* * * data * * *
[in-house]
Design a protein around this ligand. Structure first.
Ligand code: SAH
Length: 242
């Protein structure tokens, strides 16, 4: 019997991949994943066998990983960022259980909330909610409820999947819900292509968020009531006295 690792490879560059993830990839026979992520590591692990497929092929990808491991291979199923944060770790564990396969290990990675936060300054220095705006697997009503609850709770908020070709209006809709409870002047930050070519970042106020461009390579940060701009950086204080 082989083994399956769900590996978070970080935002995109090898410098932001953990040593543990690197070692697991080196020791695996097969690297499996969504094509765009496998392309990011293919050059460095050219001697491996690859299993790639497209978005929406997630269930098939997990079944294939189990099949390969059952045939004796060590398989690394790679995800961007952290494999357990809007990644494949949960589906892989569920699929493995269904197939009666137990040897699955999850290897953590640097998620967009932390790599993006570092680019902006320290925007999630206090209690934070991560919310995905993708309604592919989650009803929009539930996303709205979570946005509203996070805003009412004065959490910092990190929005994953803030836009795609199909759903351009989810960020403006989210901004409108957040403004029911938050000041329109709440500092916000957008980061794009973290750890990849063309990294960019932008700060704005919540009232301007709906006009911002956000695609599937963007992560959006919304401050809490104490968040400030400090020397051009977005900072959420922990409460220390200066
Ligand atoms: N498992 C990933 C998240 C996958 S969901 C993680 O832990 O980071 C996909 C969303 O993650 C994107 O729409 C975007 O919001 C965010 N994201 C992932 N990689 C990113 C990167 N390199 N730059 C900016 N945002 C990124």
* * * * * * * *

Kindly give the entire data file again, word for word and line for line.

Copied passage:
[in-house]
Design a protein around this ligand. Structure first.
Ligand code: SAH
Length: 242
């Protein structure tokens, strides 16, 4: 019997991949994943066998990983960022259980909330909610409820999947819900292509968020009531006295 690792490879560059993830990839026979992520590591692990497929092929990808491991291979199923944060770790564990396969290990990675936060300054220095705006697997009503609850709770908020070709209006809709409870002047930050070519970042106020461009390579940060701009950086204080 082989083994399956769900590996978070970080935002995109090898410098932001953990040593543990690197070692697991080196020791695996097969690297499996969504094509765009496998392309990011293919050059460095050219001697491996690859299993790639497209978005929406997630269930098939997990079944294939189990099949390969059952045939004796060590398989690394790679995800961007952290494999357990809007990644494949949960589906892989569920699929493995269904197939009666137990040897699955999850290897953590640097998620967009932390790599993006570092680019902006320290925007999630206090209690934070991560919310995905993708309604592919989650009803929009539930996303709205979570946005509203996070805003009412004065959490910092990190929005994953803030836009795609199909759903351009989810960020403006989210901004409108957040403004029911938050000041329109709440500092916000957008980061794009973290750890990849063309990294960019932008700060704005919540009232301007709906006009911002956000695609599937963007992560959006919304401050809490104490968040400030400090020397051009977005900072959420922990409460220390200066
Ligand atoms: N498992 C990933 C998240 C996958 S969901 C993680 O832990 O980071 C996909 C969303 O993650 C994107 O729409 C975007 O919001 C965010 N994201 C992932 N990689 C990113 C990167 N390199 N730059 C900016 N945002 C990124």